This is an article on how to manage. However, you shouldn't necessarily stop reading because you're not a manager. This could also have been called 'management for non-managers'. Plenty of people fall into management at some point, and this covers the bare basics to ensure you get past the first few months without completely screwing things up. I guess that's not holding the highest bar, but that's where we are.

Knowing the basics of management helps if you're becoming a manager. It's useful if you might become a manager someday. And it's useful if you end up reporting to a brand-new manager, as they need as much help as they can get.

Is this a complete guide for first time managers? Absolutely not. I can't email that to you, and few people would read it. Although, I keep thinking about writing that book. If you know a great "Introduction to Technical Management" book, please let me know (reply to this newsletter). I'd want to see what else is out there.

I hope you have a great week!

There are quite a few ways you can become good at management over time. There are classes. There are books. I wrote some newsletter posts about it.

However, many people don't choose a management career after careful consideration and training. Often circumstances toss someone into a management position. They may do it temporarily, or they may end up choosing management as their long-term career.

I regularly coach experienced employees. In my experience, most senior individual contributors ended up as a manager at some point in their career. It's something that happens to people. Like stubbing your toe, or getting something stuck between your teeth while eating corn on the cob.

I've recently had multiple people talk to me about challenges they were having with either an inexperienced manager, or being an experienced manager themselves. It can be really tough to be tossed into a new job without training. Even worse, managers are rarely given the basic expectations of the jobs before they're asked to perform them.

Why are managers ill prepared?

Here's a scenario. Realistic, and I've seen it happen repeatedly.

Hi, I'm Randal. I run an organization of 60 people. I have 6 managers, each of which manage around 9 people. They're all super busy, and I'm super busy. We're all barely keeping our heads above water while keeping somewhat reasonable work/life balance. One of my managers resigns. I can't find a quick backfill before their last day. Shoot.

Now their 9 people report to me. I have 5 managers to deal with, plus the day-to-day job of dealing with 9 more people. That's relatively impossible to do well. I'm working longer hours, and falling behind quickly. A month goes by, and there's no end in sight.

How do I save myself?

Of those 9 people, one has decent communication skills, and is relatively mature. I ask them to please manage the team. At least temporarily. They reluctantly (or excitedly) agree.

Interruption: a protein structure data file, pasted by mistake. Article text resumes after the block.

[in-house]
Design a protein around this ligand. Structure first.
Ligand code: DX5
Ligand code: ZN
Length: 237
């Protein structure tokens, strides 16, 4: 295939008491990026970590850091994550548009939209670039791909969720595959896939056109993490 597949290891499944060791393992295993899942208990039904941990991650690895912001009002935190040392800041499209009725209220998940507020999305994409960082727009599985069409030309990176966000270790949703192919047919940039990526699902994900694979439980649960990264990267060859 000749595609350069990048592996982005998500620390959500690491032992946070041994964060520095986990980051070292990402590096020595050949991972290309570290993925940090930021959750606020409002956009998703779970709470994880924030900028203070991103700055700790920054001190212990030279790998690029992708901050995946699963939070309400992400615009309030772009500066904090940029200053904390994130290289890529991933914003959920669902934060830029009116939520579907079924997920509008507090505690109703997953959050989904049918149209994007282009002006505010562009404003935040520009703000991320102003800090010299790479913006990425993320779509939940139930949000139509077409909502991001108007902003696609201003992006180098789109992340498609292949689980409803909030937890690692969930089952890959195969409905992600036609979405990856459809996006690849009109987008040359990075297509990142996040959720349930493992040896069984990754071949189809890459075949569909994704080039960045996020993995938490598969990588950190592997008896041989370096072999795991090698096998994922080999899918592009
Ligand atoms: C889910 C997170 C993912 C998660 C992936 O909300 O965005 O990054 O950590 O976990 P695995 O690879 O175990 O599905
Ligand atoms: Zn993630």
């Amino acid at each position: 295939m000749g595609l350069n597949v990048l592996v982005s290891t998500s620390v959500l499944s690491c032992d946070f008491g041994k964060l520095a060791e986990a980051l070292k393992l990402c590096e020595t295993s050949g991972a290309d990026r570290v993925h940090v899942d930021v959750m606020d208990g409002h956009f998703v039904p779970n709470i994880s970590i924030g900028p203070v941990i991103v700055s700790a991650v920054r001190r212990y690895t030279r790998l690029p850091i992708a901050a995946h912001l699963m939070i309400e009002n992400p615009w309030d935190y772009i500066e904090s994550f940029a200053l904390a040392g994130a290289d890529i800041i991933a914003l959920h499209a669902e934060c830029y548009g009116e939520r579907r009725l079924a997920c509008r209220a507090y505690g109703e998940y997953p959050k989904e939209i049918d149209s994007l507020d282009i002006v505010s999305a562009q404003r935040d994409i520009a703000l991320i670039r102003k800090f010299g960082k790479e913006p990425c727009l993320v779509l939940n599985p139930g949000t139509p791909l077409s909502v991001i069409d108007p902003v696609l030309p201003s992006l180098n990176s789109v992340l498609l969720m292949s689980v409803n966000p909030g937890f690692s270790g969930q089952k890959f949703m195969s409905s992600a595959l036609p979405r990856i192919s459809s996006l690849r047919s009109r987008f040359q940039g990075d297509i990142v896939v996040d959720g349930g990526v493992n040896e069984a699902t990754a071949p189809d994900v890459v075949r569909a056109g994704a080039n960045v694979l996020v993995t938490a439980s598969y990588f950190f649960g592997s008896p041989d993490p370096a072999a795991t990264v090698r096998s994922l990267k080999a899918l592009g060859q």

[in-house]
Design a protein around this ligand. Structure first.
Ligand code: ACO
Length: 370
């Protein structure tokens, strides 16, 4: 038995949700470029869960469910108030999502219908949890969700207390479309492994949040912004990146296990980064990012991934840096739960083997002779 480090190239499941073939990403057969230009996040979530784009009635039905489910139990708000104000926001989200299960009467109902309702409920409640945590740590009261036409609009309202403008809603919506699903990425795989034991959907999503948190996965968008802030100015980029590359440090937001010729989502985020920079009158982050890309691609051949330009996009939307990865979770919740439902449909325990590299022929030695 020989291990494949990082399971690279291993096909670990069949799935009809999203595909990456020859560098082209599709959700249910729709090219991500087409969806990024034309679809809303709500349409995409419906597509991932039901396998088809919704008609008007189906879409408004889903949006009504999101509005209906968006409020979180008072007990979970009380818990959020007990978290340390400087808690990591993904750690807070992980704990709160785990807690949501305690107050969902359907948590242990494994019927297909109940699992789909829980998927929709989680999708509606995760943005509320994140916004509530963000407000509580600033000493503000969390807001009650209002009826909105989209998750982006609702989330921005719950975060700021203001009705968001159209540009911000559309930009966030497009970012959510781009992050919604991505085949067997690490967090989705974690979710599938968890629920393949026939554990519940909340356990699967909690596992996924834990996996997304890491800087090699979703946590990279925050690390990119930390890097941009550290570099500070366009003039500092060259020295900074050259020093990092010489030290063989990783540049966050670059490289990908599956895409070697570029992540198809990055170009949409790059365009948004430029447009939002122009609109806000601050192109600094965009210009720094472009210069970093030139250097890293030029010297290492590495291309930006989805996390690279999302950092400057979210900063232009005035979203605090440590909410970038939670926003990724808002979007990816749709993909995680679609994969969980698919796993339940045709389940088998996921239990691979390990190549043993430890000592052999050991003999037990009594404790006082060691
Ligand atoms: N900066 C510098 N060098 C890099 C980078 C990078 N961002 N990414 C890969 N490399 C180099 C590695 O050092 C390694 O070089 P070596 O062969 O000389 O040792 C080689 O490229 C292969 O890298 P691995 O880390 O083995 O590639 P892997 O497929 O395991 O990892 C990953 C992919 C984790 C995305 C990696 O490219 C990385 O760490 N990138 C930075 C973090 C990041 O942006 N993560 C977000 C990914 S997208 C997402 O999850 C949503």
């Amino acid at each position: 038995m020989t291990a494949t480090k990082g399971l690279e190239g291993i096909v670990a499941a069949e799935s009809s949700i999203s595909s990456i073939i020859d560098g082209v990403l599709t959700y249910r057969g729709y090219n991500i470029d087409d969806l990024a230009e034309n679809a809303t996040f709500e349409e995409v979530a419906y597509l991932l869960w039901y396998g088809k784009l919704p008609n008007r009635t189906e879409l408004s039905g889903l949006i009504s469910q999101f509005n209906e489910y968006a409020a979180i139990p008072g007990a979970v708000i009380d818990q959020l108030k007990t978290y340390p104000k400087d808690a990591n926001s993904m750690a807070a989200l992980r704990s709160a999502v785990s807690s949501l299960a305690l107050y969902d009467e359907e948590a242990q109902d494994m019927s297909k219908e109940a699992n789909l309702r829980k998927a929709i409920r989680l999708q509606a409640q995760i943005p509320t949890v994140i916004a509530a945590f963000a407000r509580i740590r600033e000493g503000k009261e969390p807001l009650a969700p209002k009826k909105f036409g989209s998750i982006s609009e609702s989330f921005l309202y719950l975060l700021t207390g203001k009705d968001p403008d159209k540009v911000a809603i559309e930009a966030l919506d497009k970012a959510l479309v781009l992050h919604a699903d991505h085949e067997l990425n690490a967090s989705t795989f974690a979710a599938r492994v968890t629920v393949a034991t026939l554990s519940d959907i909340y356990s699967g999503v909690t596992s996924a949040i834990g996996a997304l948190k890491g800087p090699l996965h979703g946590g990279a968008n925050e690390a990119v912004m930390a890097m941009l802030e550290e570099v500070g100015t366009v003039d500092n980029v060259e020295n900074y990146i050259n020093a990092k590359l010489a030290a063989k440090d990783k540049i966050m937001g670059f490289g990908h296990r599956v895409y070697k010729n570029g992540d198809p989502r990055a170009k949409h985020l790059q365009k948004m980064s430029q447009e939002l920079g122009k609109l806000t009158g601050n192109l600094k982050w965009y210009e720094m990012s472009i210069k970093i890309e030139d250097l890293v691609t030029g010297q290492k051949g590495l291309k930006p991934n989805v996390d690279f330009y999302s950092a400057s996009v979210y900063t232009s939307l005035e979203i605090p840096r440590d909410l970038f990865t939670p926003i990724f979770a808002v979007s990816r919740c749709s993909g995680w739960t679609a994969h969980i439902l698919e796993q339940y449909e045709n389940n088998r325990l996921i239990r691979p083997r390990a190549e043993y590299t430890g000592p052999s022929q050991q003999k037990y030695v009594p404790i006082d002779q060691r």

I quickly talk to HR, and get those 8 people transferred to that new manager. Thank goodness. I'm still buried beneath my workload and have a thousand unread emails, but at least I have a path to making my job acceptable again.

Do I put the new manager in a training program? Such a thing is unlikely to exist. If it does exist, it's probably only offered every 6-months. Sadly, no, I don't.

Do I carefully walk the manager through how to be a manager? I'll certainly have some one-on-one meetings with them, but I'm still doing a full-time job. I'm also not prepared to train someone in basic management. It's just not something I've got much experience with.

What happens in reality? I give them some basic information, a couple of suggested books to read, and try to listen for mistakes they're making (so I can correct them). I do reactive training. They (and their team) get to learn through the school of hard knocks.

Learning the basics

The school of hard knocks can take years. But how can you avoid making the big mistakes early? As someone new to management, you shouldn't hope to be great at it. That takes time.

However, you can avoid being bad at it.

What are the basics to ensure you don't fall flat on your face in the first few weeks?

Know your people.

You should meet everyone who reports directly to you, privately, for at least 30 minutes a week.

Ask them:

  1. How are things going?
  2. Can I help with anything?
  3. Do you have any feedback for me, since I'm so new at this?

Listen carefully, and thank them for anything they give you. It's unlikely to be a lot.

Why is this the bare minimum?

It's hard to proactively resolve issues. So many times we're reactive. However, it's hard to be reactive to issues if you don't know about them.

Meeting with your team regularly ensures that you can react to things going on. You can try to solve problems before they spiral out of control.

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